Linux Boot Process Explained Step by Step for Beginners


The process of starting a computer is referred to as “booting.” You can trigger booting by either hardware, such as a button push, or software, such as a command. A computer’s central processor unit has no software in its main memory when it is turned on, so some processes must load software into memory before they can run. This guide explains Linux boot process.

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Steps Involved in Linux Boot Process

In this guide, I walk you through the major steps involved in getting a computer to boot.


BIOS is an acronym for Basic Input/Output System. When you turn a computer on, the BIOS is the first program to run, checking to see if the hardware is present and working. Bios does its integrity test of the hardware or program by performing a Power On Self Test (POST).

When the test is done, the BIOS will search for and execute the bootloader. Furthermore, it searches for a boot loader on a floppy disk, a CD-ROM, or a hard drive. When the BIOS is starting, you can modify the boot sequence by hitting a key (usually F12 or F2, although it depends on your system).
When BIOS grants control to the boot loader program, the program will load into memory.

So, at this stage, we are here:  BIOS---> POST----> MBR bootloader


The bootloader can be found on the bootable disk’s first sector, which is usually on /dev/sda or /dev/hd1 depending on your computer’s architecture. At times, it can also be accessible on a Linux Live USB or DVD installation. Besides, an MBR or GPT disk may have up to 2^64 logical blocks. Meanwhile, the most typical size of logical blocks is 512 bytes.

GPT is a new standard that's progressively taking over from MBR. GPT gets the name "GUID Partition Table" because the partition on your disk has a globally unique identifier. So, every GPT partition is distinctively unique. GPT does not have any of the limitations of MBR.

In Linux boot process, GRUB, GRUB2 and LILO are the main bootloaders. Besides, the GRUB2 bootloader, is the latest and primary bootloader in contemporary Linux distributions. Because of this, we will just focus on GRUB2.

GRUB2 is an acronym for Grand Unified Bootloader version 2. The BIOS executes and installs the grub2 bootloader on the main memory after it locates the RAM. One interesting thing is that grub2 menu helps us to choose the Linux kernel version you wish to use.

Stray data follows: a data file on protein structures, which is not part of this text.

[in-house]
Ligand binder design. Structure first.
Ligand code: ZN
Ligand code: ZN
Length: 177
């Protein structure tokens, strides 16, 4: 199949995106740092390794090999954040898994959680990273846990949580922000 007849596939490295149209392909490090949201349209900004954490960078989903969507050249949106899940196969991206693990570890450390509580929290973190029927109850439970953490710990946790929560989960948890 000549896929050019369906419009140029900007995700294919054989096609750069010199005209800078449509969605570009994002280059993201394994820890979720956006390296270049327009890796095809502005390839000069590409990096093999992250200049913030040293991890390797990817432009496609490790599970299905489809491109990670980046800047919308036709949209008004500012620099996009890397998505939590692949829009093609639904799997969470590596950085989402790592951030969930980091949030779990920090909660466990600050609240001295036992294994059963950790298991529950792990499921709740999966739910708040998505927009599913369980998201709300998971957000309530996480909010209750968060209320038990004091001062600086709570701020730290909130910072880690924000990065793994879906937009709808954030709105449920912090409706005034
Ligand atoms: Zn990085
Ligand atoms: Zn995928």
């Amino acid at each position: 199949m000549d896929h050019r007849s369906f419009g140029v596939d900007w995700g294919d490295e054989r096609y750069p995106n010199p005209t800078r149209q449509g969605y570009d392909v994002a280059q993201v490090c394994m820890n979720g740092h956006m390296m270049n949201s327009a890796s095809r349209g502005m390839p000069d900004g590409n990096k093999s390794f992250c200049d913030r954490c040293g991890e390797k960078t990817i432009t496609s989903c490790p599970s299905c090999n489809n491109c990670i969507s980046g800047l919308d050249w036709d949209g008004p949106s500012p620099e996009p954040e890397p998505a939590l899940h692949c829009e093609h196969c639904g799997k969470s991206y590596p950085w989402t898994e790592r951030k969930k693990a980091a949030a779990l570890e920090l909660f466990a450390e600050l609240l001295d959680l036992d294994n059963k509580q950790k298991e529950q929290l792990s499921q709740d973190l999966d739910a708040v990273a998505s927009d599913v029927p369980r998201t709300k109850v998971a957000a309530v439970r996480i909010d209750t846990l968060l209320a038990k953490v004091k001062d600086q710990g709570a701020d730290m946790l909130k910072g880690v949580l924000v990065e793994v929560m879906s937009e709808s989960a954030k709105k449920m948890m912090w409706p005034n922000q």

If you’ve upgraded your system a few times, you’ll notice that it shows several kernel versions. As seen from the screenshot above, we can choose to load any of the options. We can even hit the escape key and press E so that we will be able to edit the Grub menu.

/boot/grub2/grub2.cfg is the Grub2 configuration file. The core objective of GRUB is to load the Linux kernel into primary memory.


The kernel forms the basis of any Linux system. It connects the hardware of the PC to the underlying Linux boot processes. The kernel controls all the processes on your Linux system. After the bootloader loads the selected Linux kernel, it must self-extract from its compressed version before performing any tasks.

kernel initialization

Next, the kernel will then launch the init process, which has a process identifier (PID) of “1” as it is the first background process or daemon initiated by the kernel upon startup. The init process is still accepted as a general industry practice, but it is now known as systemd.


The kernel; eventually launches the Systemd, which replaces the previous SysV init process. It is the parent of all Linux boot processes, and it is important for a range of tasks such as mounting file systems, initiating and terminating services, and so on.

Systemd is a Linux init and system management that has rapidly become the accepted standard.

Systemd uses the /etc/systemd/system/default. target file to determine the state or target that the Linux system should boot into.

various run levels that systemd targets (runlevel 0): Turns off or shut down the computer. (runlevel 1): Initiates a rescue shell process. (runlevel 2,3,4): configures the system to a multi-user non-graphical (console) system. (runlevel 5): Establishes a graphical multi-user interface with network services on the machine. (runlevel 6): restarts the machine
run level


Congratulations! We’ve successfully explained the Linux boot process. The steps for a computer to boot are as shown in the chart below. The services encompass all the services needed for the program that the user is calling into action. The shell represents where the user will be working and executing his commands from on the terminal.

Bios---> POST ---> Disk--> bootloader--> Kernel----> Init/Systemd----> Services----> Shell

I hope you found this blog post helpful. If you have any questions, please let me know in the comment session.

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